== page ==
Business analysts apply business analysis planning to ensure that the product will meet stakeholders’ requirements. This article explains how business analysis services work.


A crucial part of any analysis is communication with all the stakeholders to build a business analysis plan. Interviews help elicit important information, create an efficient strategy, and they are even carried out after the analysis to assess the efficiency of the business analysis. 


We hold meetings with stakeholders that help stakeholders get to know each other, build an analysis plan, identify possible solutions, manage changes, determine priorities, and elicit hidden challenges. Workshops are also used to assess business analysis performance and generate new ideas.

Document analysis

Our business analysis department spends a lot of time reviewing existing documentation to build a strategy analysis, productive collaboration, and elicit all the valuable data to do their job efficiently.    


Brainstorming is one of our analysts' core techniques to uncover helpful information for business analysis needs. It is good to generate multiple ideas or requirements for the future product. Stakeholders share all their thoughts, and many of these ideas are valuable for business analysis.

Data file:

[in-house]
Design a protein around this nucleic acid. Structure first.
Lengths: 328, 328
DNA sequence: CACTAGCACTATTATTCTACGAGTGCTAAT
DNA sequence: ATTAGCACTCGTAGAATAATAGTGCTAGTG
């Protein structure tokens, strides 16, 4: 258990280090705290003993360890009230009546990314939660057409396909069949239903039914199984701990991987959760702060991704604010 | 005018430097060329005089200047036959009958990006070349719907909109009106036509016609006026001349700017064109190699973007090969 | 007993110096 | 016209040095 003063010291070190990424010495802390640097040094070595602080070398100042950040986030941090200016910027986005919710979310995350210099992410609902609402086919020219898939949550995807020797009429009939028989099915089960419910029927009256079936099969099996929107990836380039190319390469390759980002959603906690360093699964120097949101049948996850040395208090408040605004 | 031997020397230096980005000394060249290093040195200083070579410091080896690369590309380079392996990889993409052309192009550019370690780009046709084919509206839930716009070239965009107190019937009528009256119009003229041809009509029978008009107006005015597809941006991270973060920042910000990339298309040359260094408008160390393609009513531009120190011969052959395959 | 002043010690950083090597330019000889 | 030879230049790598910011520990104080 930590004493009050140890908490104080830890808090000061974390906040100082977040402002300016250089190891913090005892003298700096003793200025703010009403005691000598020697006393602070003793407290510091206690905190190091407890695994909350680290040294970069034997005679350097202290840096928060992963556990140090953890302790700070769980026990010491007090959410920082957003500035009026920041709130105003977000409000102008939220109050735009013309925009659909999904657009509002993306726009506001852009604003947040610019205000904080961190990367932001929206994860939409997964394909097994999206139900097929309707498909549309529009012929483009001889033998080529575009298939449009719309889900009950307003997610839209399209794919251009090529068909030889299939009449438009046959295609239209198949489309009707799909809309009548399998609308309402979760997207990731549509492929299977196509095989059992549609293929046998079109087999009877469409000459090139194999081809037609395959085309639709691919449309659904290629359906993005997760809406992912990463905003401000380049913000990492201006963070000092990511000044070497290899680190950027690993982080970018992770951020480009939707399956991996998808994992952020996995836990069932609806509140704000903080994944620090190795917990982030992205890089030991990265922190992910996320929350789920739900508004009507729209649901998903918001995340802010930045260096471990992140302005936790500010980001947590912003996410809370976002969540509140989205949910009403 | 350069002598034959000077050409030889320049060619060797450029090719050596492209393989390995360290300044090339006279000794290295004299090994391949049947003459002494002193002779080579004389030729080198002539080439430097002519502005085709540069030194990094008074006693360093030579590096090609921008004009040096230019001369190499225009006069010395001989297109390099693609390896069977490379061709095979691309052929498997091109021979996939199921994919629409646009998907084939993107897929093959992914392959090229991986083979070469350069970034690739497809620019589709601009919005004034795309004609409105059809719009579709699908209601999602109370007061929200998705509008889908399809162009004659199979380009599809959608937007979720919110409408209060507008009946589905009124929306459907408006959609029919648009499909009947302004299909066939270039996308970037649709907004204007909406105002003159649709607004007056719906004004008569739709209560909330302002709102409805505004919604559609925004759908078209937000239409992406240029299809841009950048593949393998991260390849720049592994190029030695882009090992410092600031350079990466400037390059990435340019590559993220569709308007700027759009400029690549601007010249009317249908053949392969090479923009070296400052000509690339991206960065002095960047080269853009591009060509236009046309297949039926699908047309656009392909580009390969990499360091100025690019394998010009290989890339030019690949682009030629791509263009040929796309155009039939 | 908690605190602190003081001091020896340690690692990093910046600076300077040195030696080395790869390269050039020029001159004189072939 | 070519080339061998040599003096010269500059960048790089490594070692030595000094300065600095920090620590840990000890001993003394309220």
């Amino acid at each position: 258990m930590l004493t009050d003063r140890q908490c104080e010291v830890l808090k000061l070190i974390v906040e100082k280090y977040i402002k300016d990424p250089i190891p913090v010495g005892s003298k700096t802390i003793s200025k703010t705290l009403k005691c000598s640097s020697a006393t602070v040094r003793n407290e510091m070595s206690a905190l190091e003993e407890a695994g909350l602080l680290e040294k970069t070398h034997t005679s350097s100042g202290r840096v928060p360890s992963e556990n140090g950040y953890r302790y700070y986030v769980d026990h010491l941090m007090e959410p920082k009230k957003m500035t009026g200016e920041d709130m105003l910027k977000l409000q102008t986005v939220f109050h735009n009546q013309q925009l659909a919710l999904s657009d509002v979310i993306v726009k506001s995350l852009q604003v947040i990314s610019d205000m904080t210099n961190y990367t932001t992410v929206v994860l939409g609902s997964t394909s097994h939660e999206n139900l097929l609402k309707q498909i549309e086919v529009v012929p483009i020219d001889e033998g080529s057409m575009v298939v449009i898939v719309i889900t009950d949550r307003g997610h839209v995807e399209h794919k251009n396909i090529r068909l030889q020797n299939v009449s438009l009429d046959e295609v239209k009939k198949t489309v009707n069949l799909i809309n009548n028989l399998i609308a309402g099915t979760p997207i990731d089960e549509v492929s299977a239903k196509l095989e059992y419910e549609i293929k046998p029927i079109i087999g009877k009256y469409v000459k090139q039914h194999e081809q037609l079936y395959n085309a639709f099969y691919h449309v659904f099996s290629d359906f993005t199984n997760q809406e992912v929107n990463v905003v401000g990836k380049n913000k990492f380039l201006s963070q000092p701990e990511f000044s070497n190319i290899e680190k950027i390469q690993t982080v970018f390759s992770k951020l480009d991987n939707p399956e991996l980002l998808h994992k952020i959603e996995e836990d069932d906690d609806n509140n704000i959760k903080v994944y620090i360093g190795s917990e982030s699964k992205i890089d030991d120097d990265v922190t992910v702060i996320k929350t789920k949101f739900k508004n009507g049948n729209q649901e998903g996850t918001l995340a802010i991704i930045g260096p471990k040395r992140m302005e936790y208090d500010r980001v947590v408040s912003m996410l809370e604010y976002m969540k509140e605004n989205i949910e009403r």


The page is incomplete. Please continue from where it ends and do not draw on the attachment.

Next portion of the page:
Mind mapping

Analysts create mind maps to identify and categorise the information to be managed. A mind map is a diagram that includes tasks, ideas, images, and other elements related to the main subject. Business analysts need mind maps to understand the project better and elicit detailed requirements. 

Process modelling

We explore clients' business processes and determine the approach to business analysis. It is also a graphical model that is a basis for process analysis and shows how work is carried out.  

Business rules analysis 

There are two types of business rules: definitional and behavioural. Business rules analysis is performed to elicit, express, validate, refine, and organise the rules that form business behaviour and guide business decision-making. 

Risk analysis and management

Another mandatory business analysis methodology is required to analyse and identify possible risks in future software development and elaborate on how to mitigate these risks. This technique is critical, so check out our article about risk management in software development to examine it in more detail.

All that said, the list of techniques is not limited only to those mentioned above. Analysts may use other techniques depending on the project and its characteristics.